After the return of Antonio Conte, having served a one year ban for his part in the Serie A match fixing scandal, Juventus by no means had an unsuccessful season in 2012-13. Winners of the top Italian Division, having led the league since the 2nd round of fixtures, Juventus stormed to the title with an incredible record. They conceded just 24 goals and maintained an unbelievable 19 clean sheets. An astonishing achievement over the course of 38 games, especially when you consider that their nearest rivals Napoli conceded 36 goals over the league season.
While this is fantastic for the fans of the Bianconeri, it is easy for those in the stands to become restless if they perceive a lack of progress. Surely this is why the manager has seen fit to bolster his attacking ranks. Perhaps this is also in the pursuit of improved performance on the European stage. It tells a story that Juventus' top scorer last season was Arturo Vidal (15), who certainly is a top notch midfielder, but the lack of an out and out goalscorer clearly contributed to their failure to move beyond the quarter finals of last season's champions league.
Firstly, the nature of the business conducted must be scrutinized. In bringing in two top class centre forwards, Juventus have parted with the total sum of 10 million Euros. Signing unsettled Llorente on a free transfer from Athletic Bilbao (118 goals in 333 appearances) could yet prove to be a masterstroke, while the acquisition of the volatile Carlos Tevez (73 goals in 138 games for Manchester City) for such a small fee in footballing terms, should guarantee goals in a competition which cannot boast the quality of the Premier League, in terms of team-for-team competitiveness. It could even be said that they could strike up quite a partnership given their relative attributes. Llorente is big, strong, an aerial threat and a fantastic forward to play off of, while Tevez will provide undiminishing work-rate, tenacity and pure quality in terms of finishing. Coupled with the pacey, skilful threat of Giovinco and creativity of Vucinic, Italy's most successful team promise to be a real force, not only in Serie A, but also in the Champions League this season. The only potential fly in the ointment, could be the unprofessional attitude shown by both strikers when not playing regularly (Tevez's Jaunt to Argentina, and Llorente's time spent on the bench due to disagreements with previous manager Marco Bielsa) though this should not be an issue at their new club, where both would be first-choice forwards.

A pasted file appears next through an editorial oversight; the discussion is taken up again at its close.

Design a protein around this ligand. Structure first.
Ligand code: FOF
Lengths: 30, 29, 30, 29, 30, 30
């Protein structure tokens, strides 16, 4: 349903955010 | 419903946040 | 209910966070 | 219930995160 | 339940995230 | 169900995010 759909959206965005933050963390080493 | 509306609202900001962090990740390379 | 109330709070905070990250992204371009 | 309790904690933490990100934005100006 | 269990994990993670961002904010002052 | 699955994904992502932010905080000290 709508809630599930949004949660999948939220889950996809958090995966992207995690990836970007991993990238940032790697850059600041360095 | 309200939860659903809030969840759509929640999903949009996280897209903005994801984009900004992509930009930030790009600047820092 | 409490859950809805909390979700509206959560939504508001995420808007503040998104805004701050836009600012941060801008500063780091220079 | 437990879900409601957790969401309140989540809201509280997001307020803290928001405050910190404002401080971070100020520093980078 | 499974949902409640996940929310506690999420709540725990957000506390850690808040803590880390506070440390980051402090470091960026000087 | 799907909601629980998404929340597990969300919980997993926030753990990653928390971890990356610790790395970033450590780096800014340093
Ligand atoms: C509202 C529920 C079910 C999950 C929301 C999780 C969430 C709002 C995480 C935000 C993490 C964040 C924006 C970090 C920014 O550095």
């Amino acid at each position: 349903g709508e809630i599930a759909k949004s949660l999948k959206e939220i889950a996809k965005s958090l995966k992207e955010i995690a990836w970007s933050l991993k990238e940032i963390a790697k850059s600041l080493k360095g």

4-4-2 or 4-3-3, Conte's team seem to be versatile enough to cope with most opposition. Boasting one of Europe's best defensive units, arguably one of the best midfield packages (apart from maybe recognized wingers, as Giovinco and Vucinic would likely be used- it would be no surprise to see an ageing Simone Pepe shipped out), and now a potentially lethal strike-force, it is hard to see how anyone can topple this team from the top of Serie A, or fail to reach at least the semi-finals of the Champions League.